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With the world in quarantine, businesses shutting their doors, and workers doing their jobs from home…how can we move business forward? How can we continue to thrive and even grow?

As I speak with CEOs around the country, they tell me there are still important deals that need to take place in order to keep their businesses alive. But now they do their deal-making remotely…virtually. However, virtual negotiations have significant challenges. We have found that some forms of remote negotiations just don’t work.

Fortunately, we have been negotiating deals using technology for decades. What we have learned can help you overcome some of the major pitfalls that create difficulty for negotiators that negotiate virtually.

 

Why Email Negotiations Fail

We recognize that many companies have been trying to negotiate deals using email for years, but the consensus is that their outcomes are not ideal. Research by Janice Nadler of Northwestern University and Donna Shestowsky of UC Davis state that there are several problems with negotiating over email that drive less than optimal outcomes. Here are some of the issues:

  • Email negotiations are asynchronous. This creates numerous problems including a lack of real-time feedback.
  • There is less ability to persuade and influence.
  • Misunderstandings occur that can be detrimental to your deal and your relationship.
  • Flaming or rude, impulsive behavior increases.

Our experience has been that email negotiations do not allow for the ability to rationalize your position. If you can’t explain why your offer makes sense, the other party will likely not agree to your offer. This results in impasses that can’t be resolved over email. Our recommendation is don’t negotiate by email…if you do, you will hurt your business with low margin deals, deals that strain your ability to deliver, and deals that destroy your relationship with the other party. Not to mention the high likelihood that your deal may end at an impasse.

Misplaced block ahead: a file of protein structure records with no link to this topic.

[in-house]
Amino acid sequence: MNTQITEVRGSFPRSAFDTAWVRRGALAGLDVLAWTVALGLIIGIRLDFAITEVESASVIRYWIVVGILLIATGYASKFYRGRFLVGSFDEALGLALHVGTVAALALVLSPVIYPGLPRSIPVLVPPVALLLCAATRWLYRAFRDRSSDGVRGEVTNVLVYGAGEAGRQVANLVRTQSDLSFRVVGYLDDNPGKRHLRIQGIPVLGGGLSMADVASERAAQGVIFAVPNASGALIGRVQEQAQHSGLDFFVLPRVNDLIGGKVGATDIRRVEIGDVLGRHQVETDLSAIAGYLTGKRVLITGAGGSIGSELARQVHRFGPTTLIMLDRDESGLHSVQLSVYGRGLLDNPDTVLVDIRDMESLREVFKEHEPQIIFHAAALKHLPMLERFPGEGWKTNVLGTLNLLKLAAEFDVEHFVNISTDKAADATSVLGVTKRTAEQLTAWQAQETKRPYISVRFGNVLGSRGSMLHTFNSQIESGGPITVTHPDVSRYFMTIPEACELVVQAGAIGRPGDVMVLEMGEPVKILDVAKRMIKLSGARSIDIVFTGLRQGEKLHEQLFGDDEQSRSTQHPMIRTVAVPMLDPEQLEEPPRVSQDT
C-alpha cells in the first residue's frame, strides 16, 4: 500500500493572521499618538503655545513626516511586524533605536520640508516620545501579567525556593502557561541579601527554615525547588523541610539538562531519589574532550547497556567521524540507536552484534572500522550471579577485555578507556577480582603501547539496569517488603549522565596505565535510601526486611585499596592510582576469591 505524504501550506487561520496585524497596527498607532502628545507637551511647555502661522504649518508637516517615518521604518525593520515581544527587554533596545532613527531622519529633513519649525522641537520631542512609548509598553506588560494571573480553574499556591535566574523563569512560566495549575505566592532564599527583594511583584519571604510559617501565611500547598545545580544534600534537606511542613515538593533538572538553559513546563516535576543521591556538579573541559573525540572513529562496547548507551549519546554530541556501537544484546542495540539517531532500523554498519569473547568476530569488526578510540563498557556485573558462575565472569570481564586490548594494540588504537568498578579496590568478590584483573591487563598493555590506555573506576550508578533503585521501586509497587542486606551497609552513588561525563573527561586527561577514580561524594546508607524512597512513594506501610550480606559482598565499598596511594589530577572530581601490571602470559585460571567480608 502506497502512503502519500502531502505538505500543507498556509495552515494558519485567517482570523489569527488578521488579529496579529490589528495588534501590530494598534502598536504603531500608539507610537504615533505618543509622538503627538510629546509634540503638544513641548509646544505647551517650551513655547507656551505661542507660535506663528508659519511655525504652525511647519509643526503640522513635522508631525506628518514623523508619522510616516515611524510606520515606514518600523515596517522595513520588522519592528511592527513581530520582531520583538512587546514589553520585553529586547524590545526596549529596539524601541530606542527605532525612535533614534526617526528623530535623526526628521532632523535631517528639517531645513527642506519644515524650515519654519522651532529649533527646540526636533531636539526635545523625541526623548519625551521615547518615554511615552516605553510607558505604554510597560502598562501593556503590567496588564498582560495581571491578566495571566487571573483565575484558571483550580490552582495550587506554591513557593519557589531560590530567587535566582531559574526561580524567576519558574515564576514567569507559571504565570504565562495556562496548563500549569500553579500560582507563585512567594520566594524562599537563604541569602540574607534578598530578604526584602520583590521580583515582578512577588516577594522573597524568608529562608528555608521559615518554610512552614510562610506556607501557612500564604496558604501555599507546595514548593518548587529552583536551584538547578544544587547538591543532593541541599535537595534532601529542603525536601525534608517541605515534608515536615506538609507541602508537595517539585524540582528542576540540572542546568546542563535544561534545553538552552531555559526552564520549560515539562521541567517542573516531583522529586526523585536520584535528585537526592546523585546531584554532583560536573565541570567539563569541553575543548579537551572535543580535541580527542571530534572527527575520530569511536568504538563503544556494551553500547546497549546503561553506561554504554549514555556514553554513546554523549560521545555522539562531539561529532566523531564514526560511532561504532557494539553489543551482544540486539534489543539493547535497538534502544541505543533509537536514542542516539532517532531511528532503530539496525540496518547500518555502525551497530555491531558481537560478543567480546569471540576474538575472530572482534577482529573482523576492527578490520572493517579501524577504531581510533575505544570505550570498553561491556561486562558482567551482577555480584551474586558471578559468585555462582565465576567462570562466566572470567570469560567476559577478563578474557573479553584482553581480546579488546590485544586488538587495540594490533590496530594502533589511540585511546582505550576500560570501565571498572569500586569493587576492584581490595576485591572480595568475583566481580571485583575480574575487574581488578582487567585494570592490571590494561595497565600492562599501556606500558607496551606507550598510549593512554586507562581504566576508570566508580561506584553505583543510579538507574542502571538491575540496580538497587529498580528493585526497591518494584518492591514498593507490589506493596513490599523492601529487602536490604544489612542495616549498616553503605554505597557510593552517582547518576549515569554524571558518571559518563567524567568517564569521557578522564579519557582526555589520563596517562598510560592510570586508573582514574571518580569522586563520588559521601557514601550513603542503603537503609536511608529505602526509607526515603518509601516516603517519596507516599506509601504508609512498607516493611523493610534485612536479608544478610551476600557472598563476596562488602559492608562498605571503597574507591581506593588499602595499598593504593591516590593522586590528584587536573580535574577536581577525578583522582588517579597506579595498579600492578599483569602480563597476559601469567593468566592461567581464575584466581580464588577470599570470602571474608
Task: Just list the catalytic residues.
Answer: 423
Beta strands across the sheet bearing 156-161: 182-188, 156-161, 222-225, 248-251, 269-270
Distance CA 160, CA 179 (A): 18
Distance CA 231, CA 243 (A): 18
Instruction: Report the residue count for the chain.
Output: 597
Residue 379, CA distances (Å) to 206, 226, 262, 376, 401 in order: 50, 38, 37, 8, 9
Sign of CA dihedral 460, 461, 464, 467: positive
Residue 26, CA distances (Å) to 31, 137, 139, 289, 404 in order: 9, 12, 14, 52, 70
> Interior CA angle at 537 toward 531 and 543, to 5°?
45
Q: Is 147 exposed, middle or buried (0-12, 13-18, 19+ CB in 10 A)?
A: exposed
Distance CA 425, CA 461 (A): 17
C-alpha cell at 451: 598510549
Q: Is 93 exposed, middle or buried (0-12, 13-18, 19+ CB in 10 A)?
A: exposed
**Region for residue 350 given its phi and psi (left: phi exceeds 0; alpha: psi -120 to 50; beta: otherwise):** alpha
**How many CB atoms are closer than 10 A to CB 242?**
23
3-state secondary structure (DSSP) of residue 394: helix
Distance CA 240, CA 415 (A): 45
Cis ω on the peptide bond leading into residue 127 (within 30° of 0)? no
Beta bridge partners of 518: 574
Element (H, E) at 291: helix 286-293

When Might Email Negotiations Work?

While email negotiations are not advised, we have found that there is a time when email negotiations can work. You may not get the very best outcome, but you can still get a good outcome if you consider the following:

  • Make sure both parties agree that they want to get a deal done. In other words, the selling must be done before you begin the negotiation. (see the article on Don’t Negotiate Before the Selling is Done).
  • Both parties must have a strong familiarity with each other. You should know the other party very well, understand what’s important to them, and have a degree of mutual respect.
  • There needs to be a solid foundation of mutual trust between the parties.

Our experience is that when all three of these are in place, your chances of getting a decent outcome in your negotiations is much higher. However, there is also a high probability that you are leaving value on the table.

 

What Works Best in a Virtual Negotiation Environment?